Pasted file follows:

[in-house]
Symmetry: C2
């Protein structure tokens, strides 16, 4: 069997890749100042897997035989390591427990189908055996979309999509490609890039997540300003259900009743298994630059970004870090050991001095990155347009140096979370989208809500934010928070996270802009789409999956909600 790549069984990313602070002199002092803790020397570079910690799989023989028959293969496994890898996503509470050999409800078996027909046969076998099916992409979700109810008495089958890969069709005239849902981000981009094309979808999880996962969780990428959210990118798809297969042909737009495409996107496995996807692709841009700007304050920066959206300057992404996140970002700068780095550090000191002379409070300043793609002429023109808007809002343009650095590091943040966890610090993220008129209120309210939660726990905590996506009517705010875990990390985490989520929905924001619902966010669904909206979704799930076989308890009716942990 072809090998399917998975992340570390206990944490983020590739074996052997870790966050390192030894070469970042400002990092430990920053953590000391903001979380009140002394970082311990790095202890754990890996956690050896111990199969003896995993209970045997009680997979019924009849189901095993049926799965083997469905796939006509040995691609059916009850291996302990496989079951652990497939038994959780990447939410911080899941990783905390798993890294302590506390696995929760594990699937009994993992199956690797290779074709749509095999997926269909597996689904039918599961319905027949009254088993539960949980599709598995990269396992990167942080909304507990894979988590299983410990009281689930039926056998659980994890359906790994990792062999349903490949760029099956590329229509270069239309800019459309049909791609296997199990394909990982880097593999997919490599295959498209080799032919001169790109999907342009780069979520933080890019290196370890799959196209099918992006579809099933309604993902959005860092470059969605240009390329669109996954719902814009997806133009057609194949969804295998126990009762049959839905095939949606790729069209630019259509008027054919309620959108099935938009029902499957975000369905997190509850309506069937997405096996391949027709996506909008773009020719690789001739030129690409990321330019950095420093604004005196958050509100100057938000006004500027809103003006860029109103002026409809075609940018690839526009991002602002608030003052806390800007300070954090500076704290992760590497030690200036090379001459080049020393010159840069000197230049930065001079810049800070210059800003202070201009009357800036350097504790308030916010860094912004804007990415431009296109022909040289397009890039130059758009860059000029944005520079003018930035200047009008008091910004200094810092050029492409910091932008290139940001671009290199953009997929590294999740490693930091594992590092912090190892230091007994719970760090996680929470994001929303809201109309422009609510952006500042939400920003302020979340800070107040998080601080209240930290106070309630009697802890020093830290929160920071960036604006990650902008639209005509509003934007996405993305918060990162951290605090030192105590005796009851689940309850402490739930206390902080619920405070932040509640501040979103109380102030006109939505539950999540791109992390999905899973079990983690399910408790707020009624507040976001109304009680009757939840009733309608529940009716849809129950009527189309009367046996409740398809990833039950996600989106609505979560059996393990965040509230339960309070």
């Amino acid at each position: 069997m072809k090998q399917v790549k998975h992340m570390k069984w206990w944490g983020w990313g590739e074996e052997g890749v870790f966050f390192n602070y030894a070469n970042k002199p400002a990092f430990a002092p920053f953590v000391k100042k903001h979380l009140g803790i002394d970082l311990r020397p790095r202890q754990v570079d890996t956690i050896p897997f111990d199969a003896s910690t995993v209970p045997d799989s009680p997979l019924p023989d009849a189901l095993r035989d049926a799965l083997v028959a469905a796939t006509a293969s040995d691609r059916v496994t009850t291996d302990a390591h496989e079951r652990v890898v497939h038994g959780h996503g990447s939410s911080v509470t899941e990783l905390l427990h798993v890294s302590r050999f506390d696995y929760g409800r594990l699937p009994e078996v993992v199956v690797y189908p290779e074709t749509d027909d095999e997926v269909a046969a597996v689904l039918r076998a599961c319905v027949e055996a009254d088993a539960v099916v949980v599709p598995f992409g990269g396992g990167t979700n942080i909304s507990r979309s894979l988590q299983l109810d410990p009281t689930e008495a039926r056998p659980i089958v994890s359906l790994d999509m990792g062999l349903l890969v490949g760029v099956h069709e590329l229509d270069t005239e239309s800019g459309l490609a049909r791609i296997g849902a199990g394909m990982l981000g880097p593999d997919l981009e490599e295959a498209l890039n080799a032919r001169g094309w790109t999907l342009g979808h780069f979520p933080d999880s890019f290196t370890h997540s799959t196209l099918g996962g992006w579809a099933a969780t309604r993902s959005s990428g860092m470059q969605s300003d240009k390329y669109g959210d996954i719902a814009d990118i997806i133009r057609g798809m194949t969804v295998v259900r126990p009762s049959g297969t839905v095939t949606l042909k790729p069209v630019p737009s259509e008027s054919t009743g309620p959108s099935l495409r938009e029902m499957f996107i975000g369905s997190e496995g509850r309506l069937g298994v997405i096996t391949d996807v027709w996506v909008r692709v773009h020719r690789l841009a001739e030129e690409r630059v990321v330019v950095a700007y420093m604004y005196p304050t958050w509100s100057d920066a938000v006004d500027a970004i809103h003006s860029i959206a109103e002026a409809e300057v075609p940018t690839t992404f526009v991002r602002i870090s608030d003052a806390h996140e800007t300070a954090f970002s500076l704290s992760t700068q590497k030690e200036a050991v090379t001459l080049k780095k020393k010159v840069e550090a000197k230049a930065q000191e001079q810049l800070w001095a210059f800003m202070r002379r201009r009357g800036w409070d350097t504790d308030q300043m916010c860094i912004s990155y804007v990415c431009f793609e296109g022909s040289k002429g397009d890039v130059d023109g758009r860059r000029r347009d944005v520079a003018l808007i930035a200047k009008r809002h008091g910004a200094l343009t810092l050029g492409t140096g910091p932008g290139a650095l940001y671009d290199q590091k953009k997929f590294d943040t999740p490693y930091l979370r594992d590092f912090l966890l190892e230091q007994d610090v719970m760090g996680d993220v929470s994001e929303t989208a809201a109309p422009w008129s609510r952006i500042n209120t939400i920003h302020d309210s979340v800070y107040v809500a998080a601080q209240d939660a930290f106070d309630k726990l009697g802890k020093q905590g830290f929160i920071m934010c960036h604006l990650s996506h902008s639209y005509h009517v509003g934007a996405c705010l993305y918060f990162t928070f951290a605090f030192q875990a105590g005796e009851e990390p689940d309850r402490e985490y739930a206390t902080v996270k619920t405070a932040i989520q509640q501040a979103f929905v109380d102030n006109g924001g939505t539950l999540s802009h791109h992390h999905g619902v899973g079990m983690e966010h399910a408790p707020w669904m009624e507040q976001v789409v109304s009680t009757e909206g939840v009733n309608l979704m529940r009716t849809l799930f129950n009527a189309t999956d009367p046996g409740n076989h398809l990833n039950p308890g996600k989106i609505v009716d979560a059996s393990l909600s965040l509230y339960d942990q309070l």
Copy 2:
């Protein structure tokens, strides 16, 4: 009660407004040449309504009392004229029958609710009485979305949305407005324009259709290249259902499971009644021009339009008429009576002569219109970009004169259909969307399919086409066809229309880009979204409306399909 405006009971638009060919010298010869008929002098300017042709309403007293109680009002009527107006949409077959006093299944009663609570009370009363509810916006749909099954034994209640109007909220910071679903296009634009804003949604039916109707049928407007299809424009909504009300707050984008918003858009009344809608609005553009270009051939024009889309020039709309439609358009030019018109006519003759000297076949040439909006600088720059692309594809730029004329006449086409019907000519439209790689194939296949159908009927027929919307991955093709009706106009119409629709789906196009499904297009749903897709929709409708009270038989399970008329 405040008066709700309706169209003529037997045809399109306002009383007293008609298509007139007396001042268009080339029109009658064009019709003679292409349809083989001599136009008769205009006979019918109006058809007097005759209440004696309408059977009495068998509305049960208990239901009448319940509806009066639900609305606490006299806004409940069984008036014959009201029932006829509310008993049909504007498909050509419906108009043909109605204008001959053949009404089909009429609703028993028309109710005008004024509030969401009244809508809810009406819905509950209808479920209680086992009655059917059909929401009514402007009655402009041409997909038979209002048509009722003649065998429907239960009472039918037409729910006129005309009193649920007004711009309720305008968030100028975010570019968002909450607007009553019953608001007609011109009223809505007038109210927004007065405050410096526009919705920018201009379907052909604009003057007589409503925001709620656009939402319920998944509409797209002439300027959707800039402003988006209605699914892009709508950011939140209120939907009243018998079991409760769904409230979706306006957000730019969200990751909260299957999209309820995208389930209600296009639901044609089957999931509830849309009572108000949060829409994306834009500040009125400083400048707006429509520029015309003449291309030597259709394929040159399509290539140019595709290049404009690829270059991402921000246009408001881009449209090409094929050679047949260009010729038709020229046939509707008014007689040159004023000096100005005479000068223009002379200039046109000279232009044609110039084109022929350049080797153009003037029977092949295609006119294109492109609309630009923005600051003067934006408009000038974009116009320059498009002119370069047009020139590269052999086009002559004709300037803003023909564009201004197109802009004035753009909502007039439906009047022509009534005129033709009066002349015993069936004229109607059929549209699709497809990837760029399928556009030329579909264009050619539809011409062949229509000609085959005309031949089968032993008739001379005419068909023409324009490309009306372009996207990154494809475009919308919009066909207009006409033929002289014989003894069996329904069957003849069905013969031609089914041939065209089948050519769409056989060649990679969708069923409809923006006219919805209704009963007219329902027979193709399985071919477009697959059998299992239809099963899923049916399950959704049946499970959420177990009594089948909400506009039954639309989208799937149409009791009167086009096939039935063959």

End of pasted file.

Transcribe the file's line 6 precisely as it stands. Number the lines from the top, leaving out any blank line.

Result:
């Protein structure tokens, strides 16, 4: 009660407004040449309504009392004229029958609710009485979305949305407005324009259709290249259902499971009644021009339009008429009576002569219109970009004169259909969307399919086409066809229309880009979204409306399909 405006009971638009060919010298010869008929002098300017042709309403007293109680009002009527107006949409077959006093299944009663609570009370009363509810916006749909099954034994209640109007909220910071679903296009634009804003949604039916109707049928407007299809424009909504009300707050984008918003858009009344809608609005553009270009051939024009889309020039709309439609358009030019018109006519003759000297076949040439909006600088720059692309594809730029004329006449086409019907000519439209790689194939296949159908009927027929919307991955093709009706106009119409629709789906196009499904297009749903897709929709409708009270038989399970008329 405040008066709700309706169209003529037997045809399109306002009383007293008609298509007139007396001042268009080339029109009658064009019709003679292409349809083989001599136009008769205009006979019918109006058809007097005759209440004696309408059977009495068998509305049960208990239901009448319940509806009066639900609305606490006299806004409940069984008036014959009201029932006829509310008993049909504007498909050509419906108009043909109605204008001959053949009404089909009429609703028993028309109710005008004024509030969401009244809508809810009406819905509950209808479920209680086992009655059917059909929401009514402007009655402009041409997909038979209002048509009722003649065998429907239960009472039918037409729910006129005309009193649920007004711009309720305008968030100028975010570019968002909450607007009553019953608001007609011109009223809505007038109210927004007065405050410096526009919705920018201009379907052909604009003057007589409503925001709620656009939402319920998944509409797209002439300027959707800039402003988006209605699914892009709508950011939140209120939907009243018998079991409760769904409230979706306006957000730019969200990751909260299957999209309820995208389930209600296009639901044609089957999931509830849309009572108000949060829409994306834009500040009125400083400048707006429509520029015309003449291309030597259709394929040159399509290539140019595709290049404009690829270059991402921000246009408001881009449209090409094929050679047949260009010729038709020229046939509707008014007689040159004023000096100005005479000068223009002379200039046109000279232009044609110039084109022929350049080797153009003037029977092949295609006119294109492109609309630009923005600051003067934006408009000038974009116009320059498009002119370069047009020139590269052999086009002559004709300037803003023909564009201004197109802009004035753009909502007039439906009047022509009534005129033709009066002349015993069936004229109607059929549209699709497809990837760029399928556009030329579909264009050619539809011409062949229509000609085959005309031949089968032993008739001379005419068909023409324009490309009306372009996207990154494809475009919308919009066909207009006409033929002289014989003894069996329904069957003849069905013969031609089914041939065209089948050519769409056989060649990679969708069923409809923006006219919805209704009963007219329902027979193709399985071919477009697959059998299992239809099963899923049916399950959704049946499970959420177990009594089948909400506009039954639309989208799937149409009791009167086009096939039935063959």